As the prairie dog population in La Plata County rises and wreaks havoc on landowners, the presence of the often-reviled rodent has some hoping for an unconventional solution: the plague.
“They are a big problem, and it’s a constant battle,” said Dave James, who has ranched in the Animas Valley north of Durango for more than 50 years. “The plague would help.”
Over the past 10 years or so, farmers, ranchers and land managers in Southwest Colorado have noted the uptick in prairie dog colonies and the growing frustrations with them.
“It’s gradually gotten worse and worse,” said Ben Bain, weed control coordinator for La Plata County.
Bain said prairie dogs started taking a foothold in the early 2000s, when the area was experiencing a drought, which killed vegetation and resulted in more wide-open spaces – the ideal habitat for the burrowing rodent.
Prairie dogs live in a complex network of tunnels, with different rooms for sleeping, storing food and breeding. Their colonies usually consist of one male, one or more females and a litter of three to four pups.
Landowners have free range to limit prairie dog numbers, primarily through shooting or gassing them, but even so, the animal’s ability to endure and reproduce makes it feel like a losing battle.
“Last year, they were horrific,” said Wayne Semler, who ranches near Bayfield. “And they’re as bad this year.”
There’s no question: Prairie dogs have an outstanding impact on ranchers trying to make a living where colonies flourish.
Colonies dig a network of tunnels and holes, which pose a risk to livestock grazing on the land. James said it’s a $3,000 financial hit if one of your cattle breaks a leg from stepping in a prairie dog hole.
The holes can also break equipment. Just the other day, Semler said an axle broke on one of his rigs after hitting a prairie dog hole, which not only costs money to repair but takes time to fix – time not spent working the land.
And, prairie dogs’ voracious appetite can take out whole fields – land that was meant for cattle to graze.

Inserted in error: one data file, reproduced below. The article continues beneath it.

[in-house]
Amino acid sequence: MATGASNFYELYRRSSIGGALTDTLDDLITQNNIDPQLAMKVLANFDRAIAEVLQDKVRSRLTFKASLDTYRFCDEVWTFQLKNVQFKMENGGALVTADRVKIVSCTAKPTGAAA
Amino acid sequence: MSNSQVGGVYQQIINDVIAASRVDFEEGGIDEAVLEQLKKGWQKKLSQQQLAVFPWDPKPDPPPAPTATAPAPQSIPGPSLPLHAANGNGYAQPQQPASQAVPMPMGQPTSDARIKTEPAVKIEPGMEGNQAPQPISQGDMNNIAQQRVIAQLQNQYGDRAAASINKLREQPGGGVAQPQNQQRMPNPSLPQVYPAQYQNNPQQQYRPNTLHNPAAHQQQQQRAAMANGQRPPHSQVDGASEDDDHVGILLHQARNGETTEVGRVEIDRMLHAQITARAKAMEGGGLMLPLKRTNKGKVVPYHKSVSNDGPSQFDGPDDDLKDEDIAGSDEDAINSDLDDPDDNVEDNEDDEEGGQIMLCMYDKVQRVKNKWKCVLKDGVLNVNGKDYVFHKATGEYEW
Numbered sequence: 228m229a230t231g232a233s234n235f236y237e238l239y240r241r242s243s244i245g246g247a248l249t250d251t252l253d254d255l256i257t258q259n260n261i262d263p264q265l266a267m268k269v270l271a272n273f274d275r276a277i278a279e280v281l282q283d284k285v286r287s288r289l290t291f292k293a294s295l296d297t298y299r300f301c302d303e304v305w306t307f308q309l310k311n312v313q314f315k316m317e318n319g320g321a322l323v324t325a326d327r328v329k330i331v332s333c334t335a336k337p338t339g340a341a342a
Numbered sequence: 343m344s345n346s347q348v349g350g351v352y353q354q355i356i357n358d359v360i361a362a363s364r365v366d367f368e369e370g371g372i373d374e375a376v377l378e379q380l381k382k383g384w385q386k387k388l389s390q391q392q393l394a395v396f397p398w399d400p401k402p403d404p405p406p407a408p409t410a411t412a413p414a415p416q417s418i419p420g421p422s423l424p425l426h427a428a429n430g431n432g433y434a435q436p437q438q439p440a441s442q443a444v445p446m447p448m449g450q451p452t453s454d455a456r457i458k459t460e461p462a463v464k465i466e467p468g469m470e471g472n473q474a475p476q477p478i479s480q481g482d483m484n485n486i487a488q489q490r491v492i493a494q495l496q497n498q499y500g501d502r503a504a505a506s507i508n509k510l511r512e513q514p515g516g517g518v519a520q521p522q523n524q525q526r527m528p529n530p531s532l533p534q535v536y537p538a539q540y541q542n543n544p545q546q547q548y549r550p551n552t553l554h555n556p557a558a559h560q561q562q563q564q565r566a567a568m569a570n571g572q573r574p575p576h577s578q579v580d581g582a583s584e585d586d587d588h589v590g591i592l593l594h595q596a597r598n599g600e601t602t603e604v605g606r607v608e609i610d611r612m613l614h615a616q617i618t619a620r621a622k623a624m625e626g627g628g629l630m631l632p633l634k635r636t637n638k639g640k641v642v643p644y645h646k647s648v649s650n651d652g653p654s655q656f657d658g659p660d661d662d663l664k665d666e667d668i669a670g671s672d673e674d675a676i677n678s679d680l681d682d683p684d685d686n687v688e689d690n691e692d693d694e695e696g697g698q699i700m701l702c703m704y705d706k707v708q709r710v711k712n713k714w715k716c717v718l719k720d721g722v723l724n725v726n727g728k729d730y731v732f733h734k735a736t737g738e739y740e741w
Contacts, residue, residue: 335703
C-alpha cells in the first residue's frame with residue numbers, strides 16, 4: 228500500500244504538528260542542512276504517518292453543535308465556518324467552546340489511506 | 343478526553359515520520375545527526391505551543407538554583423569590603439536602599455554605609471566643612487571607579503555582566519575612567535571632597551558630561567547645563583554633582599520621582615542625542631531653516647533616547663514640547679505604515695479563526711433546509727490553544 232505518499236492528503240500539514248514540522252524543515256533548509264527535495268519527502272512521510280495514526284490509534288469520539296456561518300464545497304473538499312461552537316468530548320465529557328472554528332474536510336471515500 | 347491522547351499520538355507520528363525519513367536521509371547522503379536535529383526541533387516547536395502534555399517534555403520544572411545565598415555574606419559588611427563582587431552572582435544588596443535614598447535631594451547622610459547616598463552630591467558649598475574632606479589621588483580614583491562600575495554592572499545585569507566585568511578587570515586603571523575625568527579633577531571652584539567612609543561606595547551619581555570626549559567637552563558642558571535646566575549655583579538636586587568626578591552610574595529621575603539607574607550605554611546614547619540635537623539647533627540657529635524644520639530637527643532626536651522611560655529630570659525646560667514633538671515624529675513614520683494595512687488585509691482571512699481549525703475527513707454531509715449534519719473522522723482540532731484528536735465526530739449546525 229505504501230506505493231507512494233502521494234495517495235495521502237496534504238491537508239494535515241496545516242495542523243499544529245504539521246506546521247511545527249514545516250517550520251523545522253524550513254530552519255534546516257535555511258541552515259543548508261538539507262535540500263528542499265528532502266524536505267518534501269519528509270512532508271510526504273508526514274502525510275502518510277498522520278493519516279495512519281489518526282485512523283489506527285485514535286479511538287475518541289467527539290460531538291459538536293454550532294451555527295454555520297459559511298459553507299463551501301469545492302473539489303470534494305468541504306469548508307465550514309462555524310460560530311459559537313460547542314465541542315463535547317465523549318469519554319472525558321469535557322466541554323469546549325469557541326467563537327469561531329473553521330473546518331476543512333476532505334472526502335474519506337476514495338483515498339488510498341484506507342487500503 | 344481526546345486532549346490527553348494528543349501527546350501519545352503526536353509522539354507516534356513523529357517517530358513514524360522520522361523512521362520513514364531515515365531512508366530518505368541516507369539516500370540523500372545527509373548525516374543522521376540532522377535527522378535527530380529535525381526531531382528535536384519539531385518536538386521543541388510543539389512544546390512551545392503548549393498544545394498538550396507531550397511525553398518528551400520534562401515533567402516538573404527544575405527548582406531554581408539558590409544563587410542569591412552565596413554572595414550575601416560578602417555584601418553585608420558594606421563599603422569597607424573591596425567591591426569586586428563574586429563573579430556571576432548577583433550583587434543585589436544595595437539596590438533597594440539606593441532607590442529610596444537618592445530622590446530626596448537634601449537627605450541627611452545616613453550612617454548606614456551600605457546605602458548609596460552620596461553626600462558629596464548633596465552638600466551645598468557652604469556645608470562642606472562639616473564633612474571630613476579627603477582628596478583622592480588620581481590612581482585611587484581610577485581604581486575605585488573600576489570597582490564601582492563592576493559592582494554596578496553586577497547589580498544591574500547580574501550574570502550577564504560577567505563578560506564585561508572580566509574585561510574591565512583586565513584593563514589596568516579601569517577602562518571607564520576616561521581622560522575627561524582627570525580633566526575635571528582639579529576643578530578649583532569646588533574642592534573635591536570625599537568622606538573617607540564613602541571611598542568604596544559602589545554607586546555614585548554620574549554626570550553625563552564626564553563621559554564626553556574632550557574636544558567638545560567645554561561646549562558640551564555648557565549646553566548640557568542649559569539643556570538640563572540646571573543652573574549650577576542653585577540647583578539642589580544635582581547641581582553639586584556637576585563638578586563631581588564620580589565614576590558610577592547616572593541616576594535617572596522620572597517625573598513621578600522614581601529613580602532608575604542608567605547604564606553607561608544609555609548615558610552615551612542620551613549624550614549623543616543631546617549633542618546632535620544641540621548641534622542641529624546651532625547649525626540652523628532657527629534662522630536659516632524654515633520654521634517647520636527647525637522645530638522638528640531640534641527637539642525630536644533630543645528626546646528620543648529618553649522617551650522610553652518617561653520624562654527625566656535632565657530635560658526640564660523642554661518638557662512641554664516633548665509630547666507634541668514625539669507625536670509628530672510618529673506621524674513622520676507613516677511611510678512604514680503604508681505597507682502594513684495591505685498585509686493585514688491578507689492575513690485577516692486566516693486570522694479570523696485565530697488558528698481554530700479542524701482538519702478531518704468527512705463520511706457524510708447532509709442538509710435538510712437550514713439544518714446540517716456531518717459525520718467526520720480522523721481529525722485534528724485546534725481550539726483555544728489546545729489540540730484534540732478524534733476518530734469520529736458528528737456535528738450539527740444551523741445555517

“It’s an attack on my livelihood,” Semler said. “All those costs add up.”
There’s no clear path toward striking a balance between prairie dog populations and the demands of ranchers and farmers. Shooting and gassing the animal can temporarily help, but populations quickly rebound.
And, if your neighbor isn’t on top of keeping numbers down, the animals can just go under the fence.
“Not having huge populations would be ideal,” Bain said. “But as far as that happening, I think the plague would be the most guaranteed way to having a downscale in the population. Otherwise, it’s just routine maintenance.”
Plague, an infectious disease associated with the Black Death in the 14th century in Europe, is not a part of the natural cycle of prairie dogs. Yet over the years, spread of the plague has wiped out colonies, causing the Fish and Wildlife Service to consider listing the species as endangered. And, prairie dogs, through fleas, can spread the disease to other animals, such as squirrels, mice, domestic cats and dogs, as well as humans.
But increased development and expanding agricultural lands, which have caused widespread habitat loss, also played into the ruling, said Brad Weinmeister, a Durango-based biologist with Colorado Parks and Wildlife.
“The overall size of their range has decreased drastically,” he said.
It’s believed that prairie dogs were once the most abundant mammal in North America, numbering into the hundreds of millions, according to Defenders of Wildlife. Today, best estimates show a population of around 10 million to 20 million, about a 95 percent loss.
The Fish and Wildlife Service deemed that listing the prairie dog as endangered was warranted but, ultimately, did not list the species. The agency does, however, require continued mentoring.
Prairie dogs are essential for the ecosystem. A number of species – badgers, foxes, coyotes, owls, etc. – feed on the rodent. Weinmeister said he’s noted an uptick of weasels in the area as prairie dogs thrive.
“Just about every predator out there will eat a prairie dog,” he said.
CPW is also determining where to reintroduce black-footed ferrets – one of Colorado’s most endangered species – based on the stability of prairie dogs, a main food source.
That has led to a contentious debate at the state level over the vaccination of prairie dogs from plague, mostly on the eastern plains. Still, wildlife managers in Southwest Colorado are on the look out.
“We try to respect both sides,” Weinmeister said.